From amateur to collegiate and professional levels, athletes will get injured. Muscle, tendon, and ligament overuse and the competitive nature of sports leave athletes vulnerable to specific injuries, in both contact and non-contact athletics. At Park Avenue Spine, we have more than 15 years experience treating athletes. We understand the mechanism of sports-related injuries and the most effective ways to rehabilitate our athletes to get them back on the playing field as soon as possible.
Dr. Salinas is a highly trained sports chiropractor, who holds the prestigious title of Certified Chiropractic Sports Practitioner (C.C.S.P.®). He is also an active member of the American Chiropractic Association’s Sports Council (ACASC), and a member of the Sports Chiropractors of New York. Dr. Salinas is a full-body certified Active Release Techniques practitioner, and he has had the opportunity to work with World-Class Ironman Triathletes, marathoners, professional golfers, baseball, football, basketball, and hockey players, along with many other endurance athletes.
Most athletic activities result in overuse of muscle, tendons, and ligaments. Everyday wear and tear to the soft-tissues of the body eventually lead to the breakdown of tissue integrity and ultimately result in injury. It’s our philosophy that adopting a proactive approach to health to prevent injuries is a best practice to insure that an athlete continues to compete at their highest level.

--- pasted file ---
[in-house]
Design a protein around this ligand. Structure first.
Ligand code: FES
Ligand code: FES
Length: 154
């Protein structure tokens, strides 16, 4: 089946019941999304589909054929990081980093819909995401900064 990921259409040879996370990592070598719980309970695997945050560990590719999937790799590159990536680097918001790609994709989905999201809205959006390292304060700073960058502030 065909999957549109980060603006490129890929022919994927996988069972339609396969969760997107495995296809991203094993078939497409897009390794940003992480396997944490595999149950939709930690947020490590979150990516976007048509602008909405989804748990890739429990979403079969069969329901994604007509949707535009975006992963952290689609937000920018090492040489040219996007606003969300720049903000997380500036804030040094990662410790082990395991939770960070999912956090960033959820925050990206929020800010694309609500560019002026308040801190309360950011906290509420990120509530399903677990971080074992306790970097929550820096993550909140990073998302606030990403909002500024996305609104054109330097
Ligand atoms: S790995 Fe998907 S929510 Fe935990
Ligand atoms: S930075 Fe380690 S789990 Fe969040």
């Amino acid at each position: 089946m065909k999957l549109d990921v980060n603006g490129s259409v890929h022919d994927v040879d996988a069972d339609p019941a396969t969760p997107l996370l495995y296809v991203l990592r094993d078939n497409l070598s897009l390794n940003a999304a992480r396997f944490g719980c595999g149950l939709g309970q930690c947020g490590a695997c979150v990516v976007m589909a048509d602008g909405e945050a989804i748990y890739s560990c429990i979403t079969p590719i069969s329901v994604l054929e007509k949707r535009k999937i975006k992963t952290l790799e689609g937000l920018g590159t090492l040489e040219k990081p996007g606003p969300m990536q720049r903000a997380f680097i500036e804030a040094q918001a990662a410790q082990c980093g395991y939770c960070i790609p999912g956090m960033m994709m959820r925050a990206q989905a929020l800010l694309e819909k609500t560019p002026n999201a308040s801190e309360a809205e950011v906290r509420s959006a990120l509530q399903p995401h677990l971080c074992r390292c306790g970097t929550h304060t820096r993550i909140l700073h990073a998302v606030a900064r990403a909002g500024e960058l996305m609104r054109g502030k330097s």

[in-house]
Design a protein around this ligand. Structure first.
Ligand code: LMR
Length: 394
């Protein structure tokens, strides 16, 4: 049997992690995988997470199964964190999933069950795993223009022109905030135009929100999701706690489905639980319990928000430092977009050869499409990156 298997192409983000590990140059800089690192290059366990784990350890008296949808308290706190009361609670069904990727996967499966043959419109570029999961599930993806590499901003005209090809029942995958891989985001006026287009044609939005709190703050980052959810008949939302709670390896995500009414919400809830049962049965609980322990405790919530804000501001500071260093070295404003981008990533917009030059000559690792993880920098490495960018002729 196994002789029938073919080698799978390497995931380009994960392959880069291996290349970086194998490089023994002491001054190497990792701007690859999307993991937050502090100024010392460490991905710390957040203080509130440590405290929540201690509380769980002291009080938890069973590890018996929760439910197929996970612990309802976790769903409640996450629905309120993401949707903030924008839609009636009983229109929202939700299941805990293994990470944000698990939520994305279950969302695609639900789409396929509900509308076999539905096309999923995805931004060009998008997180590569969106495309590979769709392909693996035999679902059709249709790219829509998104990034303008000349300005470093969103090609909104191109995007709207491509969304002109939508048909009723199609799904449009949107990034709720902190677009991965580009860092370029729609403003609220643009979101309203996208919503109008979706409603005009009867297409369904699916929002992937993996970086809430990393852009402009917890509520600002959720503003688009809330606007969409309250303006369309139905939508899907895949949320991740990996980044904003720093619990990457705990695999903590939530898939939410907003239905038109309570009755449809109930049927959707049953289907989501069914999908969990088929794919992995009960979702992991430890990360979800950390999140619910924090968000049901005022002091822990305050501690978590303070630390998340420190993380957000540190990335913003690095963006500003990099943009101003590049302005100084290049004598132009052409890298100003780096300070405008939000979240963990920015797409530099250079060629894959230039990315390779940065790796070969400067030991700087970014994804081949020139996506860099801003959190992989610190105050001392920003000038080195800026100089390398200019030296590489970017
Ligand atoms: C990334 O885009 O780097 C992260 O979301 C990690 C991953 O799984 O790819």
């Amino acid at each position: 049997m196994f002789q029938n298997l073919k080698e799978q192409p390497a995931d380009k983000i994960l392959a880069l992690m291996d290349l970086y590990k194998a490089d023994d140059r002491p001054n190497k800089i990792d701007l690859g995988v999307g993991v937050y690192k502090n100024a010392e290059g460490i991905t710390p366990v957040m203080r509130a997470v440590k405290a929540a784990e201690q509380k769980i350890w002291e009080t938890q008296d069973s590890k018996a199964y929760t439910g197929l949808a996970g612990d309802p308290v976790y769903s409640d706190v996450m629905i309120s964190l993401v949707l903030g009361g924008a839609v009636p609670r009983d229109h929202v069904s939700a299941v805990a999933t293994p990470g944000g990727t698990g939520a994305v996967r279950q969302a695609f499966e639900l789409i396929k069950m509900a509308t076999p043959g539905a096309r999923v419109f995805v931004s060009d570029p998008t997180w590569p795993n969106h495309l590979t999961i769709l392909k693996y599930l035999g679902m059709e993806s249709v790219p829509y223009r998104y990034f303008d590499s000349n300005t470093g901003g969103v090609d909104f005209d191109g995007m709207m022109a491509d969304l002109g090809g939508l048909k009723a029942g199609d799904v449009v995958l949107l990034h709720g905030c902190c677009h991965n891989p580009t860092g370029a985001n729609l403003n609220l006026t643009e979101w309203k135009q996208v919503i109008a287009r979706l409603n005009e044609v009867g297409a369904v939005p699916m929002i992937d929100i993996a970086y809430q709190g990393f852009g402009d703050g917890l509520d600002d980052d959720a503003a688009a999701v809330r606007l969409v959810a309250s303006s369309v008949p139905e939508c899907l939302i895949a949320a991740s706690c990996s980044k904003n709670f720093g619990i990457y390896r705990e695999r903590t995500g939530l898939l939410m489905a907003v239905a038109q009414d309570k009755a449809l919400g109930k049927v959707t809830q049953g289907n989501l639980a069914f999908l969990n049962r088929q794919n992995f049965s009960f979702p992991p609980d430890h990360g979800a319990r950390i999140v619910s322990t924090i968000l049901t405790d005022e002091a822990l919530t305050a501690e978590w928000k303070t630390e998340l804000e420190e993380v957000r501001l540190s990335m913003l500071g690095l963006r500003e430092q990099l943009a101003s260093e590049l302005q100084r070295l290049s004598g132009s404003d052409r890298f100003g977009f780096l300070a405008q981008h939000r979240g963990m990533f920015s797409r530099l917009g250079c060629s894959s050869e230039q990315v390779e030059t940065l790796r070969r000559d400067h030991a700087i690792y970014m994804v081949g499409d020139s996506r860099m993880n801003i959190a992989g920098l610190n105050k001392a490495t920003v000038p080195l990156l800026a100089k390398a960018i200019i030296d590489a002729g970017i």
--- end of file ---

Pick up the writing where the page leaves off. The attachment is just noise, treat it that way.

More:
Techniques such as Active Release can help break down the accumulation of scar tissue in the soft tissue of the body. By helping the body to reduce scar tissue and restoring elasticity (flexibility) to the soft tissues of the body, an athlete may prevent some injuries before they occur.
Over-used muscles (and other soft tissues) can be affected in three ways: Acute conditions (pulls, tears, collisions, etc), Accumulation of small tears (micro-trauma) and Not getting enough oxygen (hypoxia).
Each factor can stimulate the production of tough, dense scar tissue in the affected area. This scar tissue binds up and ties down tissues that need to move freely. As scar tissue builds up, muscles become shorter and weaker, tension on tendons causes tendonitis, and nerves can become trapped. This can cause reduced range of motion, loss of strength, and pain. When a nerve is trapped, you may also feel tingling, numbness, and weakness.